In last month’s article, we explored the relationship between financial planning and investment management, and how any investment necessitates a well-defined financial plan to determine the investment time horizon. This time horizon dictates the ability to take risks, and this month we will talk about a saver’s willingness to take risks.

A person’s willingness to take risks is a personality trait just as much as agreeableness or openness. Although education and knowledge can demystify risky investments, a person’s willingness to take risks is deeply personal and often difficult to change. All people land on a spectrum from totally risk averse to totally risk seeking. Taking the time to determine where you land on this spectrum will help you build a portfolio that you can live with and will avoid unnecessary anxiety and sleepless nights in the future.

How do you know where you land on the willingness-to-take-risk spectrum? Some questions to ask yourself, what would you do and how would you feel if you woke up one day and your account value was cut in half due to a market crash? What would you do and how would you feel if the market was up 20% in a year and you were only up 11%? Given the choice between a sure $100 or the chance to win $0 or $250 in a coin flip, which do you choose? What if it were a sure $100 or the chance to win $0 or $195 in a coin flip? When you hear the word “risk”, what other words come to mind?

As a fiduciary, I would never recommend taking more risks than your time horizon would allow. However, if you are a more risk-averse person, then it makes sense to dial back your risk lower than what your time horizon would allow. The other thing to keep in mind is that if you do not have a lot of experience investing, you may be more risk-averse than you think if you’ve only experienced a bull market or more risk-seeking than you realize if you’ve only experienced a bear market. Given the multidimensional factors that determine a person’s willingness to take risks, it always helps to have an independent, unbiased, and experienced investment professional evaluate both your ability and willingness to take risks before making any investment.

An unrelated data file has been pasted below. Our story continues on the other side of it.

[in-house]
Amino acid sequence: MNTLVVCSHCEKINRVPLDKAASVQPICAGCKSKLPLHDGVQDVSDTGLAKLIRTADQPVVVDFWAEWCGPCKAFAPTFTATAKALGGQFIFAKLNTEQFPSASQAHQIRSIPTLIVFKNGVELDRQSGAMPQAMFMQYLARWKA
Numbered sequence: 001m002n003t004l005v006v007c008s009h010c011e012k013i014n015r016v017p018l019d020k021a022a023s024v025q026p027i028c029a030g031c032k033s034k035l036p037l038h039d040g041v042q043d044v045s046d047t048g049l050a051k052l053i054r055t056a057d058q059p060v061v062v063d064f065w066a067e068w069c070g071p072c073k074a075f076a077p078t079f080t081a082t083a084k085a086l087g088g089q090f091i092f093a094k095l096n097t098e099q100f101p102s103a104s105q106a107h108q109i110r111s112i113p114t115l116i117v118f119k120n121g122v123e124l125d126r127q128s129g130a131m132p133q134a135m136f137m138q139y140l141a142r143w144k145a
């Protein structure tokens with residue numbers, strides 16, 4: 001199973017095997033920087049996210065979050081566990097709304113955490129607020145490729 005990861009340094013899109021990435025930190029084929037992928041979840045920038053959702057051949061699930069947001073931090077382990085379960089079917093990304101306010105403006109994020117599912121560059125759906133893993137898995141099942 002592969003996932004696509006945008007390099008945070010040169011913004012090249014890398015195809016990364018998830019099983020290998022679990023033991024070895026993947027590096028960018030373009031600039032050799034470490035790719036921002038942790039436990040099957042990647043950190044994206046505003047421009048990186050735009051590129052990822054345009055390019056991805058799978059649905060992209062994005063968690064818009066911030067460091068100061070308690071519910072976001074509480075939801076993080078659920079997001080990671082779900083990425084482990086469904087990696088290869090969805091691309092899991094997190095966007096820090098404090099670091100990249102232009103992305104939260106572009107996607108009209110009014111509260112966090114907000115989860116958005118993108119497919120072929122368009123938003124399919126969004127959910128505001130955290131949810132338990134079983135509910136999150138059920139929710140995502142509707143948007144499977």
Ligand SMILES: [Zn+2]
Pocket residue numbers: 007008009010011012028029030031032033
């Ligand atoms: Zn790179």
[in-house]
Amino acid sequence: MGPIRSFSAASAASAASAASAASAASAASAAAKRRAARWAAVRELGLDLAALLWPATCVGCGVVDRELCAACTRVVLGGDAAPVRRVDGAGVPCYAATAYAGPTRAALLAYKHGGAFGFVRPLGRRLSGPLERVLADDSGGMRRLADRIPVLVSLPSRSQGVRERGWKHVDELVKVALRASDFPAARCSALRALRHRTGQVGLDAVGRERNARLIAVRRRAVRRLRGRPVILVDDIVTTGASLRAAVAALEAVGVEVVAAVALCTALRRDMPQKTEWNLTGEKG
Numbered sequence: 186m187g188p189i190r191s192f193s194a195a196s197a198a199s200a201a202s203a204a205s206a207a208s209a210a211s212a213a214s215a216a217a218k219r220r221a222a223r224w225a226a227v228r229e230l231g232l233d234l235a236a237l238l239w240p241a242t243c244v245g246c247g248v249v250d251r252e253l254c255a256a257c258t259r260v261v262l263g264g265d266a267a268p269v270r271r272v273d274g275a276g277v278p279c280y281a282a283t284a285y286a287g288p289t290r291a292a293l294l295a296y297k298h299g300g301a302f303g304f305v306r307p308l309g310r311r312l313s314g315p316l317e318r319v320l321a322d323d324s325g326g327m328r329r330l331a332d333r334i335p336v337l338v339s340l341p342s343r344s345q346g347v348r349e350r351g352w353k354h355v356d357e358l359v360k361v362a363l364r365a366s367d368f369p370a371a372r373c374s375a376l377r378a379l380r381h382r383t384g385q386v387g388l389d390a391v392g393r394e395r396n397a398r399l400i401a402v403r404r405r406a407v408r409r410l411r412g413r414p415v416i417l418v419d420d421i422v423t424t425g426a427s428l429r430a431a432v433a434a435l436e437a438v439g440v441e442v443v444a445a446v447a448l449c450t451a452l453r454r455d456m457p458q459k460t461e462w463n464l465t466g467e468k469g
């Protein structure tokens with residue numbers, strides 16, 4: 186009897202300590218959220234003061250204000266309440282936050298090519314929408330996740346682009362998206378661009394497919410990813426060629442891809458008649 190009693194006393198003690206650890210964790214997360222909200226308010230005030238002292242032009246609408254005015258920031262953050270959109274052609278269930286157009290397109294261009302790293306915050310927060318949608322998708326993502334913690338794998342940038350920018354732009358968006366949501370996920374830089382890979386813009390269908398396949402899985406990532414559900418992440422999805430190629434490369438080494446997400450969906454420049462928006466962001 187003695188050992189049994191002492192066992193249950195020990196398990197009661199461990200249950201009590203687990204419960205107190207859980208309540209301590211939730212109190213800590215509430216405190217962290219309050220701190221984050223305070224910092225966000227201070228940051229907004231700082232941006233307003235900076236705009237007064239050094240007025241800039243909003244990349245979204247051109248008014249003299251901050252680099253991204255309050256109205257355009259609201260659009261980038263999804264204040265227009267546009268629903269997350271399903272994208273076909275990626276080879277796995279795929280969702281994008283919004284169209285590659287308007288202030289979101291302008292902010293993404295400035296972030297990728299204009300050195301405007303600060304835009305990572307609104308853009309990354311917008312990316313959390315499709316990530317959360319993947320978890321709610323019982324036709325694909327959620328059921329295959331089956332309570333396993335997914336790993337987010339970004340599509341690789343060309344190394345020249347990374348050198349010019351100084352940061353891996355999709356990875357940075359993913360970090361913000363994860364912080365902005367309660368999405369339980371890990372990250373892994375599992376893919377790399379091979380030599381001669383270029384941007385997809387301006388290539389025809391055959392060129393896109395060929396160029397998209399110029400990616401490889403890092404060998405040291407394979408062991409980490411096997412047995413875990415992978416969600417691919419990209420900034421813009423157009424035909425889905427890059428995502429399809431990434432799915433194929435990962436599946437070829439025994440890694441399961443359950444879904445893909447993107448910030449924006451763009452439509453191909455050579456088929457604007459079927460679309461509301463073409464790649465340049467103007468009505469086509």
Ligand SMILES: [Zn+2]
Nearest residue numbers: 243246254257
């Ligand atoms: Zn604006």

Tune in next month when we talk about the foundation of every financial plan, the Safety Net!

In Sinatra’s classic pseudo-limerick, “Love and Marriage” he sings, “Love and marriage, Love and Marriage, Go together like a horse and carriage. This I tell you, brother, you can't have one without the other.” Maybe you can in 2023, but you definitely cannot have a sound investment strategy without a solid financial plan.

When choosing investments, savvy investors evaluate both their willingness AND ability to take risks. While an investor’s willingness to take risks is as much a personality trait as introversion and extroversion, an investor’s ability to take risks is a cold, calculated function of the expected time horizon for the investment. For example, is the investment meant to fund a child’s college education expense that starts in 3 years, or is it meant to grow wealth to fund a retirement that’s 20+ years away? Maybe it’s a mix of both short- and long-term goals, where you are deep in retirement, taking large RMDs from your IRA to fund your living expenses, but also investing a portion of the account to fund RMDs that are 10 years away. No matter what, prudent investors define their investment horizon before investing as part of a solid financial plan.

Why is this important? Some investors may have enjoyed years of double-digit returns in the stock market through 2021, only to be disappointed that their account was down 20% in 2022, right when they needed the money for tuition, the RMD, or to fund their life after being laid off. A fiduciary financial advisor can help clients avoid these major pitfalls.

Similarly, all solid financial plans involve some form of investment, no matter how risk-tolerant or risk-averse the client is. Piling money under the mattress or sheltering it in bank accounts has never been a winning long-term strategy.

Sinatra said it best, “Try, try, try to separate them, it's an illusion. Try, try, try and you will only come to this conclusion….You can’t have one without the other!”

Tune in next month when we’ll talk more about an investor’s willingness to take risks!

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